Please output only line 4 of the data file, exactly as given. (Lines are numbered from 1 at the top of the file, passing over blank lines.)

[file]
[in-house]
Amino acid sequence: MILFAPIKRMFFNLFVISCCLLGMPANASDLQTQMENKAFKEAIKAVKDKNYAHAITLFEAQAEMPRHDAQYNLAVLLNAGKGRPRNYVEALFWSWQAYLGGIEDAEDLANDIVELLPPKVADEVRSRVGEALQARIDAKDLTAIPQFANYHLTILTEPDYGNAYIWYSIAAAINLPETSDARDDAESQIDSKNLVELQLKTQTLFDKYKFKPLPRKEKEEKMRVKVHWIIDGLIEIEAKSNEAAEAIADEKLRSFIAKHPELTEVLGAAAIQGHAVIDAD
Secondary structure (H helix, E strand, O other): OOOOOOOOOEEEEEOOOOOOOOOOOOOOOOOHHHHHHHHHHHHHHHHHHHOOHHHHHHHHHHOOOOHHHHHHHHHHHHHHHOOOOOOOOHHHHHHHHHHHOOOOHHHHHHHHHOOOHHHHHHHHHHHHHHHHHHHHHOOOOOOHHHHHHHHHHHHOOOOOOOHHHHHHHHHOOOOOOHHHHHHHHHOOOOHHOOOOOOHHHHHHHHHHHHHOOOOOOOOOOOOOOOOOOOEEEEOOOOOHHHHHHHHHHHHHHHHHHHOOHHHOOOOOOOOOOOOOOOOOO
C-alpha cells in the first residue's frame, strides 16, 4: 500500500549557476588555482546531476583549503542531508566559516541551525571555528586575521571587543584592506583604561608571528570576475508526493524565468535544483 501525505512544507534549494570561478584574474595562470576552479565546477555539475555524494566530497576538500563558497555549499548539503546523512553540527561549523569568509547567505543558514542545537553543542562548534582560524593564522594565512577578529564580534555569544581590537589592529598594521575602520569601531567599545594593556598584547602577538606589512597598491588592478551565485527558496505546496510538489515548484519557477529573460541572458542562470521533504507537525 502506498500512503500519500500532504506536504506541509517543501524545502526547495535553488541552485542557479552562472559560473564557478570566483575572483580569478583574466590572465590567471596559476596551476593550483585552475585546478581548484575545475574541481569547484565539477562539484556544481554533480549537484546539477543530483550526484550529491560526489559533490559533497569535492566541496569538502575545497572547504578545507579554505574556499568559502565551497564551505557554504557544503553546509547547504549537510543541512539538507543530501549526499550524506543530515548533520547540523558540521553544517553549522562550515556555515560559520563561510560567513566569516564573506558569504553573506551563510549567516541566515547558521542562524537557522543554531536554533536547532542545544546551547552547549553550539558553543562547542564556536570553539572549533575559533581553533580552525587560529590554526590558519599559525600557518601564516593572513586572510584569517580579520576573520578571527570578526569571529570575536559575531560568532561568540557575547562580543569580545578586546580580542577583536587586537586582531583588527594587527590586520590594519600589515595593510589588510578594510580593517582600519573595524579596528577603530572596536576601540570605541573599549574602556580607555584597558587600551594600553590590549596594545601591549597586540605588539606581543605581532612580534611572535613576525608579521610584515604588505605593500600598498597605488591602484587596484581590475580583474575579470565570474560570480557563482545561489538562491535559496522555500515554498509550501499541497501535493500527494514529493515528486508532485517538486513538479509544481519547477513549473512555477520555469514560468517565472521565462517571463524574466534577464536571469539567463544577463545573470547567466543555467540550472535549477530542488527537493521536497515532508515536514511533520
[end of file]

C-alpha cells in the first residue's frame, strides 16, 4: 500500500549557476588555482546531476583549503542531508566559516541551525571555528586575521571587543584592506583604561608571528570576475508526493524565468535544483 501525505512544507534549494570561478584574474595562470576552479565546477555539475555524494566530497576538500563558497555549499548539503546523512553540527561549523569568509547567505543558514542545537553543542562548534582560524593564522594565512577578529564580534555569544581590537589592529598594521575602520569601531567599545594593556598584547602577538606589512597598491588592478551565485527558496505546496510538489515548484519557477529573460541572458542562470521533504507537525 502506498500512503500519500500532504506536504506541509517543501524545502526547495535553488541552485542557479552562472559560473564557478570566483575572483580569478583574466590572465590567471596559476596551476593550483585552475585546478581548484575545475574541481569547484565539477562539484556544481554533480549537484546539477543530483550526484550529491560526489559533490559533497569535492566541496569538502575545497572547504578545507579554505574556499568559502565551497564551505557554504557544503553546509547547504549537510543541512539538507543530501549526499550524506543530515548533520547540523558540521553544517553549522562550515556555515560559520563561510560567513566569516564573506558569504553573506551563510549567516541566515547558521542562524537557522543554531536554533536547532542545544546551547552547549553550539558553543562547542564556536570553539572549533575559533581553533580552525587560529590554526590558519599559525600557518601564516593572513586572510584569517580579520576573520578571527570578526569571529570575536559575531560568532561568540557575547562580543569580545578586546580580542577583536587586537586582531583588527594587527590586520590594519600589515595593510589588510578594510580593517582600519573595524579596528577603530572596536576601540570605541573599549574602556580607555584597558587600551594600553590590549596594545601591549597586540605588539606581543605581532612580534611572535613576525608579521610584515604588505605593500600598498597605488591602484587596484581590475580583474575579470565570474560570480557563482545561489538562491535559496522555500515554498509550501499541497501535493500527494514529493515528486508532485517538486513538479509544481519547477513549473512555477520555469514560468517565472521565462517571463524574466534577464536571469539567463544577463545573470547567466543555467540550472535549477530542488527537493521536497515532508515536514511533520